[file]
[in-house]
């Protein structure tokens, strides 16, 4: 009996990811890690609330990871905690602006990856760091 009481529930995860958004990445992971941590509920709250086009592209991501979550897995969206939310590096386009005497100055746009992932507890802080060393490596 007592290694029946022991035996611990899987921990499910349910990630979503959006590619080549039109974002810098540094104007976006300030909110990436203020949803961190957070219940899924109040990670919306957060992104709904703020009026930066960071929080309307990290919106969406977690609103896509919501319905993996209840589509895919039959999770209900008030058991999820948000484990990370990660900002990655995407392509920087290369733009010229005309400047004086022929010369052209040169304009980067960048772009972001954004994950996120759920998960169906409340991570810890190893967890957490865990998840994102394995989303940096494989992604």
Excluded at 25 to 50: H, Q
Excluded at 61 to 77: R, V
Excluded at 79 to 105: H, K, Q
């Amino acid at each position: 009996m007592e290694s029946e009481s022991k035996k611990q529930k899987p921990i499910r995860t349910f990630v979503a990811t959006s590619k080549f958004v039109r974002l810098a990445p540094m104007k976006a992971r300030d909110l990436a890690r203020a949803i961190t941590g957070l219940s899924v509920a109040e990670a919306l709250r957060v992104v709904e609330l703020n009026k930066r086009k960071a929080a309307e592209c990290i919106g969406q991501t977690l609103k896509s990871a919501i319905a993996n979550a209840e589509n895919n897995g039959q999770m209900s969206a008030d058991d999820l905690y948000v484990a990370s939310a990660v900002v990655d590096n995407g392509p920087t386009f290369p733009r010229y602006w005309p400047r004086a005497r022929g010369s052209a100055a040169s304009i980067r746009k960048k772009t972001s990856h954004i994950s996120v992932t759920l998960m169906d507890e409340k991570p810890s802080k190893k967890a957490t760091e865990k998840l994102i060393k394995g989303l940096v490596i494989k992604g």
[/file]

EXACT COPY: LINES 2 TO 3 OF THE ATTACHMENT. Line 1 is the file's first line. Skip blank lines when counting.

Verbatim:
């Protein structure tokens, strides 16, 4: 009996990811890690609330990871905690602006990856760091 009481529930995860958004990445992971941590509920709250086009592209991501979550897995969206939310590096386009005497100055746009992932507890802080060393490596 007592290694029946022991035996611990899987921990499910349910990630979503959006590619080549039109974002810098540094104007976006300030909110990436203020949803961190957070219940899924109040990670919306957060992104709904703020009026930066960071929080309307990290919106969406977690609103896509919501319905993996209840589509895919039959999770209900008030058991999820948000484990990370990660900002990655995407392509920087290369733009010229005309400047004086022929010369052209040169304009980067960048772009972001954004994950996120759920998960169906409340991570810890190893967890957490865990998840994102394995989303940096494989992604």
Excluded at 25 to 50: H, Q